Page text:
So on Sunday, I decided to stop just before the base and turn off the alert on my heart rate monitor. I hit the base and my heart rate popped by fifteen or twenty right off the bat. After initially falling back into an old rhythm of reaching too far with each step to get up the hill, I set my cadence back around 180 and kept going. Just based on feel.

And it felt great.

As much as letting go of caution and running more often this summer and fall has me feeling great, I am quite certain that running more slowly and easily along with that has also been key. But this means listening to my heart rate monitor and, yes, shuffling up some hills. To spend that one mile just pushing was a great way to spend a Sunday morning.

In a way, it was too bad that it was only one hill.


Friday Rest Day

I have had different sorts of relationships with rest days over the years.

In my mid-twenties I ran with a group for long runs on Saturday mornings. I was running six days a week at the time, which meant I typically took my one and only rest day of the week on Sundays. That was a good relationship. I enjoyed the time with friends, and often (being in my mid-twenties as I was) I would have been out late on Saturday night, so it was a good day to set aside for, well, just about nothing. Continue reading

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Sunday Long: Summer Air & Autumn Light

The fact that I look forward all week to my Sunday long run probably puts me in the very select company of a few hundred thousand endurance junkies.

This past Sunday’s was actually fairly short. Sure, it was the longest run of the week, but not long enough that I actually put it into my training log as a “long run.” I managed to keep my commitment to take it quasi-slowly in my new Newton shoes, and went out for a little over 8 miles. With a 5k coming this weekend, it also seemed like a good idea to take it relatively easy. I managed to enjoy it anyway. Continue reading


Happy Birthday. Run Slow.

Last Sunday was my birthday. Forty-two years old. That makes forty-one years of running. To celebrate, I ran a nice, slow twelve miles.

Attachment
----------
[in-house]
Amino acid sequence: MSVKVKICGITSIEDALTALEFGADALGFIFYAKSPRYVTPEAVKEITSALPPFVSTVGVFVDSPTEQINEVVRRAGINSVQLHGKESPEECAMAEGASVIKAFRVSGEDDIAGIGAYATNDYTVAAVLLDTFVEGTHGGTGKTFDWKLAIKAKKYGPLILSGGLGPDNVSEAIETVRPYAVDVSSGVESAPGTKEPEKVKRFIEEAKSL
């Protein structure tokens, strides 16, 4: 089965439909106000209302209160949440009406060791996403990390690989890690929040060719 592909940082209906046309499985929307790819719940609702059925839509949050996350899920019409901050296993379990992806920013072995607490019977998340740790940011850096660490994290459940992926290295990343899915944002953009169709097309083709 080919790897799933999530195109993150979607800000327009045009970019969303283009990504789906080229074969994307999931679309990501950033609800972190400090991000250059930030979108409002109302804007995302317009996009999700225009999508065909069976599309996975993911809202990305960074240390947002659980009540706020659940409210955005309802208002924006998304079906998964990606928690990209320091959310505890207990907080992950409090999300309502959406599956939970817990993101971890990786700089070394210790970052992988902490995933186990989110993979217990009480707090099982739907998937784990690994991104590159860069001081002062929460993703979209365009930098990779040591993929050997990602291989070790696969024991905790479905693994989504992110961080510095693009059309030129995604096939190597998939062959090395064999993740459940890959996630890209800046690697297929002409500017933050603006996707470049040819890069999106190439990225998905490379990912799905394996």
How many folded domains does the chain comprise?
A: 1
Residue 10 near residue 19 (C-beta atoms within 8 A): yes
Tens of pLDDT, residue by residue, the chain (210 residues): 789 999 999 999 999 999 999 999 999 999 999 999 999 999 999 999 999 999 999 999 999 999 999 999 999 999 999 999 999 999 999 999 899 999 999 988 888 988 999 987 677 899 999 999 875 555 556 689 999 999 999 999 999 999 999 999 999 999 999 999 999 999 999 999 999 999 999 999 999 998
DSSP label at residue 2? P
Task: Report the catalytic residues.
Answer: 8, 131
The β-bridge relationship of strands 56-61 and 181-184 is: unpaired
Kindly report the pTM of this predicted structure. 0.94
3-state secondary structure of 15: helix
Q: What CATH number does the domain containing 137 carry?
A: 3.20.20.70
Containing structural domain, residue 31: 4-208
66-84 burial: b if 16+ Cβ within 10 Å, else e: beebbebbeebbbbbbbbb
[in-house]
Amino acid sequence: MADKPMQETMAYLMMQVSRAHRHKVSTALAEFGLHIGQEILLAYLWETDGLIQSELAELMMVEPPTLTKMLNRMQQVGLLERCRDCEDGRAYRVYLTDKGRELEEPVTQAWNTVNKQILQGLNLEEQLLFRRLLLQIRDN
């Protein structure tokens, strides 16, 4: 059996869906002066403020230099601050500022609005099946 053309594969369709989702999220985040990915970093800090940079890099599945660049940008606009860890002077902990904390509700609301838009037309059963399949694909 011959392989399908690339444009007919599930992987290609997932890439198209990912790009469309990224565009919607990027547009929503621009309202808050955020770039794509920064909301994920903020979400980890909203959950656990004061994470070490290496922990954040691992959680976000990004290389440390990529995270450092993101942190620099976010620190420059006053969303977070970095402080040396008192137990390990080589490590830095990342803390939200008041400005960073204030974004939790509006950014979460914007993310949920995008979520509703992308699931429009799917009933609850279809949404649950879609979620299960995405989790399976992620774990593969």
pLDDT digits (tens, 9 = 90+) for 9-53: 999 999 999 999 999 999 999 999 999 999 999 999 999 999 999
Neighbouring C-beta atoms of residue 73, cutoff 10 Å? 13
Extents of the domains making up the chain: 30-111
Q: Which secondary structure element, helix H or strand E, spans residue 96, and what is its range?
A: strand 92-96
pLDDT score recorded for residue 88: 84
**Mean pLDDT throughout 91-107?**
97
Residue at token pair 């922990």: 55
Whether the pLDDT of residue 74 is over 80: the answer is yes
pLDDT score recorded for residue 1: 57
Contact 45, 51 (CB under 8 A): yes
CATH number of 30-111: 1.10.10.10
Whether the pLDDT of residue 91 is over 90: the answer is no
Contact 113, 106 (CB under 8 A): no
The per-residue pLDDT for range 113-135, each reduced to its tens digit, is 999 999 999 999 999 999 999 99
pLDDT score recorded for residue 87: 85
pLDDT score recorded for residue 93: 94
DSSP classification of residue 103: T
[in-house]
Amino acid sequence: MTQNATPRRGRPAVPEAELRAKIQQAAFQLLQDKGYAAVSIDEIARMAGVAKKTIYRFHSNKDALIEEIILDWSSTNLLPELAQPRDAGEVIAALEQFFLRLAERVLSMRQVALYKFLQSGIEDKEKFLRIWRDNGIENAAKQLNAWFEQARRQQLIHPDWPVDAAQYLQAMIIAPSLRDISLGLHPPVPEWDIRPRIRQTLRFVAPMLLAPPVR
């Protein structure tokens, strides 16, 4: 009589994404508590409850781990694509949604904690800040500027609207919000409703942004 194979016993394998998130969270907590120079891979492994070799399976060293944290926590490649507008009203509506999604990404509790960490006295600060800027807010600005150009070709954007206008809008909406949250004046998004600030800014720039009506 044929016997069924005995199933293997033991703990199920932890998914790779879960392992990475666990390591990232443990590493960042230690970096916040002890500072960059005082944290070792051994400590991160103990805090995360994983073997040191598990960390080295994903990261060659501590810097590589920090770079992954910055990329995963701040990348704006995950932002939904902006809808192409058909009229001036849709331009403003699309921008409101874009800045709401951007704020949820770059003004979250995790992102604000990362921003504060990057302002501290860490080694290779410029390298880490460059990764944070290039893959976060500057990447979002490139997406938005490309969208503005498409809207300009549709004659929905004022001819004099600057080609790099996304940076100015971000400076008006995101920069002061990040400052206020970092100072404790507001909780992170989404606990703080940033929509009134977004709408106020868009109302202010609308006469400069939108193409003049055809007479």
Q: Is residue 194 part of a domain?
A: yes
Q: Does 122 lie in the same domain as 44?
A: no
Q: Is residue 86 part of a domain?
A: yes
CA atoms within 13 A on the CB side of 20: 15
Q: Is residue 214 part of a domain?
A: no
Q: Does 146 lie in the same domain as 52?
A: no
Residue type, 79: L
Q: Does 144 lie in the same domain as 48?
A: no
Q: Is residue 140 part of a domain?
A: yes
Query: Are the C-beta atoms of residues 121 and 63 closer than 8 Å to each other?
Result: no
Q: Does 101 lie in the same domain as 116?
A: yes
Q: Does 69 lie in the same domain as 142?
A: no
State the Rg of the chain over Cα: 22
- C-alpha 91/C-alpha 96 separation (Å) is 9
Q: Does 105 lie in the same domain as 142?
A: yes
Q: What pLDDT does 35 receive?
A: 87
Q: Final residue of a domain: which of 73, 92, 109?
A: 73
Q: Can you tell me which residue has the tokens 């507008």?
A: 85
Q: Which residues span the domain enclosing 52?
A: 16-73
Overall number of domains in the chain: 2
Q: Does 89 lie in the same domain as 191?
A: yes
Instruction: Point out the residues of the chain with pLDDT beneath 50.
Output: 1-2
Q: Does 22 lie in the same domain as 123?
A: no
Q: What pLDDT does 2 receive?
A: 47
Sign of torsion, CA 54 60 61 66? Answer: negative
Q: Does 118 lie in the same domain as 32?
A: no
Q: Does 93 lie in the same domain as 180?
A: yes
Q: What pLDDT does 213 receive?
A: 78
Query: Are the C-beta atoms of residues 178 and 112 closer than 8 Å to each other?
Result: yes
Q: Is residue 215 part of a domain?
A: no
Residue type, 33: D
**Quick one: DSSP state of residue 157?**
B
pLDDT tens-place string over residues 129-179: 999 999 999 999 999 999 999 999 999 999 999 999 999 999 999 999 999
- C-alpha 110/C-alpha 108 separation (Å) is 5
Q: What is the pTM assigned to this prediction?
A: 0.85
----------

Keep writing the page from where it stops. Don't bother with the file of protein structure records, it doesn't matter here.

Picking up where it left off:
Truth be told, it didn’t feel as “nice” as I would have liked. If I were really celebrating, I would have gone faster.

But I’m committed to going slower most of the time so that I can stay healthy. And so I can eventually go faster – a seeming contradiction that kept me from running slowly the last twenty years. Continue reading


Gotta Be The Shoes

I can remember almost every pair of shoes I have run in. It would be a fairly boring blog post to list them all, tempted as I am.

More important than listing them is how I feel about them – I’m pretty bitterly disappointed with most of them. That’s not fair to the shoes, really. I blame the folks that recommended them to me.

I’m disappointed because, after all these years, I wonder if many of my injuries were avoidable, if at least some of my problems have been caused by my shoes. All because people were trying to fix my problems with shoes. Continue reading

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Still Running Long

Still Running Long is aspirational.

Growing up, I loved to run, through the back field with one of our dogs, around in circles through the first floor of our house, or with my Dad wherever he would go. I got involved in organized sports when I was ten, playing soccer and baseball. For a long time, most of my running was on the soccer field, and then on the rugby field in college. I picked up my first injuries, too, on those fields. Continue reading